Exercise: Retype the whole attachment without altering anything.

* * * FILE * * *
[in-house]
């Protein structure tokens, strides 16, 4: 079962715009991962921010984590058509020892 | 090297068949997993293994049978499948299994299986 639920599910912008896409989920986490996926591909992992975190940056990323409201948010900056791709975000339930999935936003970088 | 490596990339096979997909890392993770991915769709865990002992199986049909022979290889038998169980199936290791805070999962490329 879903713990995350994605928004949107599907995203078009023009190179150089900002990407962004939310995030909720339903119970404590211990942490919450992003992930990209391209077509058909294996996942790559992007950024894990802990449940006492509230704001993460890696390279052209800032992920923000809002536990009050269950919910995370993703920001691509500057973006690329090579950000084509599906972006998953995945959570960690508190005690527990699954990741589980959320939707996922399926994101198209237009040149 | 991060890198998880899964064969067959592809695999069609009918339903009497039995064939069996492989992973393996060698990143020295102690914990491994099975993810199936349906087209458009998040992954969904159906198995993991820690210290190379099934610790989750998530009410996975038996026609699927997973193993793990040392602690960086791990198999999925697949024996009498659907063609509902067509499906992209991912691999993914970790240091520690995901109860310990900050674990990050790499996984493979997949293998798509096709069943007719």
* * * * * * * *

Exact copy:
[in-house]
């Protein structure tokens, strides 16, 4: 079962715009991962921010984590058509020892 | 090297068949997993293994049978499948299994299986 639920599910912008896409989920986490996926591909992992975190940056990323409201948010900056791709975000339930999935936003970088 | 490596990339096979997909890392993770991915769709865990002992199986049909022979290889038998169980199936290791805070999962490329 879903713990995350994605928004949107599907995203078009023009190179150089900002990407962004939310995030909720339903119970404590211990942490919450992003992930990209391209077509058909294996996942790559992007950024894990802990449940006492509230704001993460890696390279052209800032992920923000809002536990009050269950919910995370993703920001691509500057973006690329090579950000084509599906972006998953995945959570960690508190005690527990699954990741589980959320939707996922399926994101198209237009040149 | 991060890198998880899964064969067959592809695999069609009918339903009497039995064939069996492989992973393996060698990143020295102690914990491994099975993810199936349906087209458009998040992954969904159906198995993991820690210290190379099934610790989750998530009410996975038996026609699927997973193993793990040392602690960086791990198999999925697949024996009498659907063609509902067509499906992209991912691999993914970790240091520690995901109860310990900050674990990050790499996984493979997949293998798509096709069943007719």